LE PHO (1907-2001)
LE PHO (1907-2001)
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LE PHO (1907-2001)

La Toilette de l'Enfant (Child Bathing)

LE PHO (1907-2001)
La Toilette de l'Enfant (Child Bathing)
signed in Chinese, signed Le Pho (lower left); titled and inscribed 'toilette de l'enfant No. 5' with a stamp from Algerian customs (on the reverse)
ink and gouache on silk
62.5 x 45 cm. (24? 5⁄8 x 17?3/4 in.)
Painted circa 1938-1940
Acquired from France in 2001
Private Collection, Asia
Algiers, Algeria, Galerie Romanet or Galerie Pasteur.

Brought to you by

Jacky Ho (何善衡)
Jacky Ho (何善衡) Senior Vice President, Deputy Head of Department

Lot Essay


The painting depicts two children with their mother, and central to the painting, the woman takes care of the youngest child while, in the background, the other child sits quietly.

All of Le Pho’s pictorial characteristics of his late 1930s paintings are found here: the signature bottom left using a smaller stamp, the elegant and beautiful Tonkinese woman dressed in her traditional pear-green ao dai, the healthy children with the classical hair tuft - which in ancient times was meant to protect the child’s sinciput - and the delicate care given to depiction of the three characters’ very beautiful faces (in his later works, he would simplify the faces more and more). Other trademark characteristics of his silk painting from this early period include the billowy movement of the scarves: the blue linen, placed on the table on the left, but also the white sheet around the body of the first child and the ao dai spread under the table; the Tonkinese bourgeois furnishings with the orange lacquered table in the foreground, on which rests, in addition to the cloth, a talcum powder box and its lid placed next to the child, both on the cloth.

At this time, Le Pho liked to represent in his works a bowl, a vase, or a box, simply placed on a table. The abundance of camellias in the background would place the scene in a veranda. Finally, Le Pho offers a perfect mastery of gouache and ink techniques on silk laid down on paper. He refined these techniques over a period of 30 years, abandoning oil on canvas only until 1963.

The figures are placed at an angle, which is Le Pho’s chosen posture for his characters, in order to suggest a presence rather than a mere statuesque exhibition.

The choice of colours also reflects the late 1930s. The painter would only lighten his palette, following Matisse’s advice, after meeting him in 1943. However the blue of the lady’s pants and the orange of the child’s shirt on the right already foretell this evolution, while the pear-green of the tunic and the black of the hairstyles are classics in Le Pho’s work.

The flowers here are Camelias amplexicaulis (Hoa Hải Đường) which bloom from late fall to very early spring in northern Vietnam. Le Pho demonstrates his love of flowers and botany throughout his work. His ‘bouquets’ are always painted from ‘freshly cut flowers,’ as he used to tell me every time we looked at his paintings together. Le Pho, in this case, favours these Camelias, found not far from Hanoi, in the Tam Dao in 1910 (unfortunately, they longer exist in the wild since 2018).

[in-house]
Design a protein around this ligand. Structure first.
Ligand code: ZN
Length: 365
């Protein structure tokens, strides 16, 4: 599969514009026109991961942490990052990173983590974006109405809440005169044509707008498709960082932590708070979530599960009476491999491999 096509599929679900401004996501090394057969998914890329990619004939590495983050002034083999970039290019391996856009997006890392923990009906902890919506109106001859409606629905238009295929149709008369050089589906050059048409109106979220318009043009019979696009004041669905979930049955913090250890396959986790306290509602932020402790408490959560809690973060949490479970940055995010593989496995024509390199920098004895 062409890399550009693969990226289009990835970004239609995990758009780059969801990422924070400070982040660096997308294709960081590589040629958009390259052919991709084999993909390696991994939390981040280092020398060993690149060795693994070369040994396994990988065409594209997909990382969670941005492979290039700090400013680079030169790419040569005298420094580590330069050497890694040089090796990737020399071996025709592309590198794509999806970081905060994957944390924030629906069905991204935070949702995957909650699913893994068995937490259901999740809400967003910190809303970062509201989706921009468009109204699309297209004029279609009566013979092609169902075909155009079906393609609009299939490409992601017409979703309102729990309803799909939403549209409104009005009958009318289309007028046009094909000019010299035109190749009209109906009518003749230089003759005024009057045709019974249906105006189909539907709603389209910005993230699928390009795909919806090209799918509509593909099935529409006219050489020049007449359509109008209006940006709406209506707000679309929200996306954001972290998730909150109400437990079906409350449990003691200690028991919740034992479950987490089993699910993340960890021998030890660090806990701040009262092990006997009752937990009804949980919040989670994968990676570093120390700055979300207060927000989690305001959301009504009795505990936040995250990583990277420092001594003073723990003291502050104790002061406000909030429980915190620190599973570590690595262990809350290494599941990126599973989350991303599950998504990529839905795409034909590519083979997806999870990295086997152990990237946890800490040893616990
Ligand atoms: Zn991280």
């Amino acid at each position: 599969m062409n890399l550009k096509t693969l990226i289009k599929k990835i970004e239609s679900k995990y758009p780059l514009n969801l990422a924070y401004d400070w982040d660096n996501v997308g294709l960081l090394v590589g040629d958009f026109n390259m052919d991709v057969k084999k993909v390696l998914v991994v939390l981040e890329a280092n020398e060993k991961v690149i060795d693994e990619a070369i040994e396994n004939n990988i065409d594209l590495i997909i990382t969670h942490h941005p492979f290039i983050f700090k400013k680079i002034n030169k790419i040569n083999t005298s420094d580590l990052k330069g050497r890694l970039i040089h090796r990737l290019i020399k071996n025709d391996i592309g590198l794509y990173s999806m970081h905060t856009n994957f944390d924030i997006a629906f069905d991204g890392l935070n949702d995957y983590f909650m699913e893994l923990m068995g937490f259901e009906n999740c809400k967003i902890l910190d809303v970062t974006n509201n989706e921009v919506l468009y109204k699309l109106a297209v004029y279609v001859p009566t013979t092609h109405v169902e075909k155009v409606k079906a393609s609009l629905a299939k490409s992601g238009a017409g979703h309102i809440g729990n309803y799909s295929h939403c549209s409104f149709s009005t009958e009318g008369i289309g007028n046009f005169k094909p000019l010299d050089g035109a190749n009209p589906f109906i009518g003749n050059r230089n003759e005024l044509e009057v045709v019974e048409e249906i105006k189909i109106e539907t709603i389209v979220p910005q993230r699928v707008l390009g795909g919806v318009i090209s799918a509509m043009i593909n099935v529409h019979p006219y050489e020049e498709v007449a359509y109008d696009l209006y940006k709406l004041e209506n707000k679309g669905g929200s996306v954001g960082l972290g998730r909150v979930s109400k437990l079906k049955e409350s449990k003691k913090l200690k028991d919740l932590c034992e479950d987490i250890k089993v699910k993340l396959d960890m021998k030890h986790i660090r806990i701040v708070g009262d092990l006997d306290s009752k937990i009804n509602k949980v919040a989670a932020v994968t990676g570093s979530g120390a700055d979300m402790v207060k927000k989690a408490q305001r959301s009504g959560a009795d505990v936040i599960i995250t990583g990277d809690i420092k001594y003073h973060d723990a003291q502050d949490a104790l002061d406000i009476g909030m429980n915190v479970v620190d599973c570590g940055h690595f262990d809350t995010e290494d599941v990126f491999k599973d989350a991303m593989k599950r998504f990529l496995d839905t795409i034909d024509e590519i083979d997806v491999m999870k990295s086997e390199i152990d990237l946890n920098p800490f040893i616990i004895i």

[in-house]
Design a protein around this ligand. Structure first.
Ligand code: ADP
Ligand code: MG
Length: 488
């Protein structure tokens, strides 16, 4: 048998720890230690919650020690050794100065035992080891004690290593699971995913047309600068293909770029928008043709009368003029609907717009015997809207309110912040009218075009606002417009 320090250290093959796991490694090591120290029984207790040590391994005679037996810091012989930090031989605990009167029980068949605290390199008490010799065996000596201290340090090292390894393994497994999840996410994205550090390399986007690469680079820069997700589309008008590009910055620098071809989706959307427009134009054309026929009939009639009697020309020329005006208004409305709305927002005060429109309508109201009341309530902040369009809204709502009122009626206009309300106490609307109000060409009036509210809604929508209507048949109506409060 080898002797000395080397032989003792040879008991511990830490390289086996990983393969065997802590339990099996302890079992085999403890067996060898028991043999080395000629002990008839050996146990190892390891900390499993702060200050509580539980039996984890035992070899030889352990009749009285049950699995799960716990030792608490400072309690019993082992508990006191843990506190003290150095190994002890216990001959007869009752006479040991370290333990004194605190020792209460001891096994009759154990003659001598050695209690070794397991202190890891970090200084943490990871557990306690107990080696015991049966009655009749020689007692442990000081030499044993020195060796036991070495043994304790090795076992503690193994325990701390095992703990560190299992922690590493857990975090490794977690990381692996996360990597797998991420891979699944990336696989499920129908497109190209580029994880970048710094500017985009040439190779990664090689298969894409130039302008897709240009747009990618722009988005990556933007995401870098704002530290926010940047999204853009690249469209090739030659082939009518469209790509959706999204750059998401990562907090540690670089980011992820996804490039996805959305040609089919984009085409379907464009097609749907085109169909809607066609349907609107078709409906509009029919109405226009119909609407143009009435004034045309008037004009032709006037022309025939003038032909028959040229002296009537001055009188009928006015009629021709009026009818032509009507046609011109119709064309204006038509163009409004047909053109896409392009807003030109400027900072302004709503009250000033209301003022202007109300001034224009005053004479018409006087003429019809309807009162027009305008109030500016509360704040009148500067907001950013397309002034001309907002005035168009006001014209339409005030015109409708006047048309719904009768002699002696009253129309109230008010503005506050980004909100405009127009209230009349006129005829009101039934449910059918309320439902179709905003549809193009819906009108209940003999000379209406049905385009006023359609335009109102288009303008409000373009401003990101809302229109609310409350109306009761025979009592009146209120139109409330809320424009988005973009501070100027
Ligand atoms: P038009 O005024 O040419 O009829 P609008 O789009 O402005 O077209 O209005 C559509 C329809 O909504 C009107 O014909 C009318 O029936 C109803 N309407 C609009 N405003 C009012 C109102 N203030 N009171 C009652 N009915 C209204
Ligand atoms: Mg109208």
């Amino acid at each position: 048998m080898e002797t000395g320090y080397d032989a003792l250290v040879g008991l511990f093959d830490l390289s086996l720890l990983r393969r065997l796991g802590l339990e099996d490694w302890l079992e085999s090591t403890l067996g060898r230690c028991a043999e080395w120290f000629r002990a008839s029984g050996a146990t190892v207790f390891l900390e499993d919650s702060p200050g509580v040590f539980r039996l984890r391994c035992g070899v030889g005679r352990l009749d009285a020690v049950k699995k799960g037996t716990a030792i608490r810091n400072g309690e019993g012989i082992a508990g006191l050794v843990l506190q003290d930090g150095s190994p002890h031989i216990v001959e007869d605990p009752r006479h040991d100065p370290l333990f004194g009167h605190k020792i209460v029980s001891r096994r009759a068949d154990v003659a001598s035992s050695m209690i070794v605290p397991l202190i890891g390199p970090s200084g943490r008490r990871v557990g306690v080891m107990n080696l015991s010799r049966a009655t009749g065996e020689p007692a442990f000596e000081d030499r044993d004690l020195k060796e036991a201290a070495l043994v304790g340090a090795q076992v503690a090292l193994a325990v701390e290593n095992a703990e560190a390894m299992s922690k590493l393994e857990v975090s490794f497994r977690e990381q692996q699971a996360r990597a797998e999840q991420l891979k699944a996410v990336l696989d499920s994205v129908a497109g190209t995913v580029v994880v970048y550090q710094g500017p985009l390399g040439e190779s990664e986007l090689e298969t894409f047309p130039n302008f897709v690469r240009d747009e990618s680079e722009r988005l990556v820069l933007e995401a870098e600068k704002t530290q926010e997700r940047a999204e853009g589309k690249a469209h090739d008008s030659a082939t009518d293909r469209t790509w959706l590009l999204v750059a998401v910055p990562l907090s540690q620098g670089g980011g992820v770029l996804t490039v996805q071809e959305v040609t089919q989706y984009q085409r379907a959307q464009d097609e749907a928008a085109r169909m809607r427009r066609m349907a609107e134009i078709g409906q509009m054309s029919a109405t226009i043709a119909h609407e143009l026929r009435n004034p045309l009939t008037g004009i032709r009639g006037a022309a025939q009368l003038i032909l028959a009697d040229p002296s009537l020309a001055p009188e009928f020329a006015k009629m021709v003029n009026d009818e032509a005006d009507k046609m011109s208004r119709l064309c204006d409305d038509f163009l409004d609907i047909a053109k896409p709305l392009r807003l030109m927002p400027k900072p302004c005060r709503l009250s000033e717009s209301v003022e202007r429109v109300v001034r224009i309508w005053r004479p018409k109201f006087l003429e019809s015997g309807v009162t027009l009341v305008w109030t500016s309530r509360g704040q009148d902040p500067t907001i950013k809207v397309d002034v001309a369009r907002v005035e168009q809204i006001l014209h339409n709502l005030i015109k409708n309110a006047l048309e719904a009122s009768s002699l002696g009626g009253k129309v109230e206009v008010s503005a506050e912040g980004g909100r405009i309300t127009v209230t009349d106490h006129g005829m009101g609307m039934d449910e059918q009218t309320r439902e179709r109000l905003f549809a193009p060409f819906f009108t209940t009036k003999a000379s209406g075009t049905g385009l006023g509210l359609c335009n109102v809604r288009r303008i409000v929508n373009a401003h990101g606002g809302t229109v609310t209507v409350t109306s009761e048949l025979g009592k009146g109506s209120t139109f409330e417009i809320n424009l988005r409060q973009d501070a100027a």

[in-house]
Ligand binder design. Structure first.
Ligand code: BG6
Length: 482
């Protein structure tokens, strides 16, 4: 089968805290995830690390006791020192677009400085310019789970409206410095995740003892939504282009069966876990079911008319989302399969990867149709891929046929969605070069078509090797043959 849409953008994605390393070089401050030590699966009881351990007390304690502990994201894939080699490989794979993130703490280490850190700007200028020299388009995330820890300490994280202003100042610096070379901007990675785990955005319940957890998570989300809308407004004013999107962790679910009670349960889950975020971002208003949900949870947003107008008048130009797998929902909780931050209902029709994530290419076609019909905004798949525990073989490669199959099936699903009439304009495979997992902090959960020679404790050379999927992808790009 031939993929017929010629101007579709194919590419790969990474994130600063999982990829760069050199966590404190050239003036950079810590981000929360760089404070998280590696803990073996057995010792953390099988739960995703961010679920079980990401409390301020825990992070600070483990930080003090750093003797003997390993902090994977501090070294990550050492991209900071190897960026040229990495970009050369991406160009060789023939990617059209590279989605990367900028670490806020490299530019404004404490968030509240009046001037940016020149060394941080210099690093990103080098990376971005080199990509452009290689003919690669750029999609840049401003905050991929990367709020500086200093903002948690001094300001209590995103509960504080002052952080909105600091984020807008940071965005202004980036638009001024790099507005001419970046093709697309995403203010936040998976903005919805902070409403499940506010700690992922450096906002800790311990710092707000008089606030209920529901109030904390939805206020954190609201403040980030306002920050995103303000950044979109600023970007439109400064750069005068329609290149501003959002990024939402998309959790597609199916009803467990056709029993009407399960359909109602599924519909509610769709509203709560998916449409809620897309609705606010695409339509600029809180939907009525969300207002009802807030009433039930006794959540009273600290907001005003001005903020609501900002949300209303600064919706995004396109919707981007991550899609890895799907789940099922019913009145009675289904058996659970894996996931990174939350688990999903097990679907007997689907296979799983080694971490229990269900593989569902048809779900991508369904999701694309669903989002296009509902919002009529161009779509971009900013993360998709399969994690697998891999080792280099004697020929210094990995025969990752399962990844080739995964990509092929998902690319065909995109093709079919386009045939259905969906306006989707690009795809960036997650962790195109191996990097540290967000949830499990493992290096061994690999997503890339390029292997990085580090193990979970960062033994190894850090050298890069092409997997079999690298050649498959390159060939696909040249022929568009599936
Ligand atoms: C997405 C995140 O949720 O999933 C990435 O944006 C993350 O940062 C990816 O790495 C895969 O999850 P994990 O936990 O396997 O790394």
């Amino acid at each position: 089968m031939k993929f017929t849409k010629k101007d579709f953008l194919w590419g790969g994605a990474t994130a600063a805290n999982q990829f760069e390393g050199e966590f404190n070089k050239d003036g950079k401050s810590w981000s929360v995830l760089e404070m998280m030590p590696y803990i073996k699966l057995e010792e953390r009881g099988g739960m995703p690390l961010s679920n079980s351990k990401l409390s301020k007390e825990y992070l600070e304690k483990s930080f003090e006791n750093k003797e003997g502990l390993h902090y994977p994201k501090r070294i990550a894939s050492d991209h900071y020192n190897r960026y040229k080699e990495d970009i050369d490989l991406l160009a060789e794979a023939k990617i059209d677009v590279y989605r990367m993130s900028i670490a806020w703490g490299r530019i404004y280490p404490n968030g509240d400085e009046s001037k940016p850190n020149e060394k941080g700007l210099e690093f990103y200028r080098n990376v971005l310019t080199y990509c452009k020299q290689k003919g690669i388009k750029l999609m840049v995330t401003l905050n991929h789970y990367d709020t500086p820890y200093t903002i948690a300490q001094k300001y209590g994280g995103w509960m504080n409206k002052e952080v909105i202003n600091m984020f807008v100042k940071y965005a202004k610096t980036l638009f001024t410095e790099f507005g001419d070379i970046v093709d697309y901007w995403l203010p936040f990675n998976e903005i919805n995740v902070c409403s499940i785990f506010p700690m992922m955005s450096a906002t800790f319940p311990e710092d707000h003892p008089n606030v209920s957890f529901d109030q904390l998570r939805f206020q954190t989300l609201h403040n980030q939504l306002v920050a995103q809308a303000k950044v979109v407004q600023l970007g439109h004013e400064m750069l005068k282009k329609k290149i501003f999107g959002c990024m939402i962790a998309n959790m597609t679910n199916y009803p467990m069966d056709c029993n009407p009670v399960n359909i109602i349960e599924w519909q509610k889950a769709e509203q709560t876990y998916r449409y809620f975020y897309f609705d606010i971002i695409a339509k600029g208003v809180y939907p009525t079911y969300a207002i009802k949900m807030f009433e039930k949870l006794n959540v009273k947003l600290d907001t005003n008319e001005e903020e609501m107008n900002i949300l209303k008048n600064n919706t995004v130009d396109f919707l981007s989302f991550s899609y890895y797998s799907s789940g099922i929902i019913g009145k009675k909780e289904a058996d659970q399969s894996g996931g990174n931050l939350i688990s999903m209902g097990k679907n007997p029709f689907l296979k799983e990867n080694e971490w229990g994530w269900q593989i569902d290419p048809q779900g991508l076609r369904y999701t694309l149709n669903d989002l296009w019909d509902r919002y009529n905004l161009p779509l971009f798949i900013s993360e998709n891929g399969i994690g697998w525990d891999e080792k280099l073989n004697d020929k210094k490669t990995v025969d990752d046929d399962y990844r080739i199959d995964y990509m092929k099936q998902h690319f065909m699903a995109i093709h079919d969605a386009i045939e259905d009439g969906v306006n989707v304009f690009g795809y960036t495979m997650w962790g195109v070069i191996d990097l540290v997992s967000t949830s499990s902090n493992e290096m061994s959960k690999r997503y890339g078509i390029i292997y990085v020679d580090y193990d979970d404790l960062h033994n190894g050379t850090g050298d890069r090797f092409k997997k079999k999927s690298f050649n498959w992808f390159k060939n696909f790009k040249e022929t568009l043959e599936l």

A ballet of hands in a quadrilateral structures the composition. The handwritten title, La Toilette de l’Enfant (Child’s grooming) titled by the artist at the back of the painting, refers to the child on the left, the central subject of the work, as he caresses his hair tuft distorting the tradition as if he knew it was ineffective. His right hand, touching his mother, reassures him.The woman with her left hand delicately holds the child’s right foot while her right hand appears to hold the puff intended to talc the child, signifying maternal attention and certainty. The talcum powder box, with its lid next to it, testifies to the immanence of the world, where the box somehow feels it has deeper symbolism and importance as the main protagonists.

However there is never a frivolity to Le Pho’s works. With him, everything is allegory. And Le Pho offers this figurative thought with his usual subtlety. Already visible as a clue: Le Pho has learned the lesson of the Italian Renaissance. He saw that his counterparts painters identified, according to the ancient Roman tradition, the direction on the right as auspicious, and that on the left as negative. However, it is the subject that gives the meaning and here it is the child who looks to the right, and the mother looks down towards the child. The child in the back - whose hands are not shown on the picture also looks to the right.

La Toilette de l’Enfant is a scene from Vietnam, but painted in Paris where Le Pho settled permanently in 1937, with his desire to challenge himself and to master his craft. Like the majority of the painter’s works, it is tinged with the memory of the native country and bears the seal of nostalgia, but of a conquering nostalgia. One that pushes you to question what Albert Camus, his contemporary, named in “The Myth of Sisyphus” (1942), “the unreasonable silence of the world”. Le Pho tells us: the child after the bath, on the left, is in fact him when he paints this splendid picture. In the background, on the right, the second child is also him, in the past, as he is leaving. And this caring mother-lady is Vietnam preparing him for the West.

Yes, at the end of the 1930s, Le Pho, in this magnificent work, invited us to come to his life: the lid will never be set back on the talcum box.

Jean-François Hubert
Senior Expert, Vietnamese Art

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